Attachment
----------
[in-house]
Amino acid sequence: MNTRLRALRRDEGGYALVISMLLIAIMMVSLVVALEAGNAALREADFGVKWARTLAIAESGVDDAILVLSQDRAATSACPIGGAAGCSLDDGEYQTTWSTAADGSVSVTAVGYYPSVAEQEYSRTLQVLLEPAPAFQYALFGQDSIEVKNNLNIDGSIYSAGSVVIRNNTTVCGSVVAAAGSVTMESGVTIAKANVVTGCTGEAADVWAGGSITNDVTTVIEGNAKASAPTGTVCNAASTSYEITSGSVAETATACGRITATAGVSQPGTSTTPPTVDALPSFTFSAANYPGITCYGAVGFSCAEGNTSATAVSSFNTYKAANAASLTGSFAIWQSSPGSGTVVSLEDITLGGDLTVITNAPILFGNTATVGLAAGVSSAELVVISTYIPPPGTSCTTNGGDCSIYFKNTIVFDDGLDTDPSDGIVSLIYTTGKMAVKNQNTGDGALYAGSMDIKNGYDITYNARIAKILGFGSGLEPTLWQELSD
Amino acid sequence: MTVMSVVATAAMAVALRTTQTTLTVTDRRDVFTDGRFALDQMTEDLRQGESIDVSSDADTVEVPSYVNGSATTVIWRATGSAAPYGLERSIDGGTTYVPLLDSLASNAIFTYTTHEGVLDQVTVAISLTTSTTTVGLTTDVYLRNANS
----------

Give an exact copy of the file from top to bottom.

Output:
[in-house]
Amino acid sequence: MNTRLRALRRDEGGYALVISMLLIAIMMVSLVVALEAGNAALREADFGVKWARTLAIAESGVDDAILVLSQDRAATSACPIGGAAGCSLDDGEYQTTWSTAADGSVSVTAVGYYPSVAEQEYSRTLQVLLEPAPAFQYALFGQDSIEVKNNLNIDGSIYSAGSVVIRNNTTVCGSVVAAAGSVTMESGVTIAKANVVTGCTGEAADVWAGGSITNDVTTVIEGNAKASAPTGTVCNAASTSYEITSGSVAETATACGRITATAGVSQPGTSTTPPTVDALPSFTFSAANYPGITCYGAVGFSCAEGNTSATAVSSFNTYKAANAASLTGSFAIWQSSPGSGTVVSLEDITLGGDLTVITNAPILFGNTATVGLAAGVSSAELVVISTYIPPPGTSCTTNGGDCSIYFKNTIVFDDGLDTDPSDGIVSLIYTTGKMAVKNQNTGDGALYAGSMDIKNGYDITYNARIAKILGFGSGLEPTLWQELSD
Amino acid sequence: MTVMSVVATAAMAVALRTTQTTLTVTDRRDVFTDGRFALDQMTEDLRQGESIDVSSDADTVEVPSYVNGSATTVIWRATGSAAPYGLERSIDGGTTYVPLLDSLASNAIFTYTTHEGVLDQVTVAISLTTSTTTVGLTTDVYLRNANS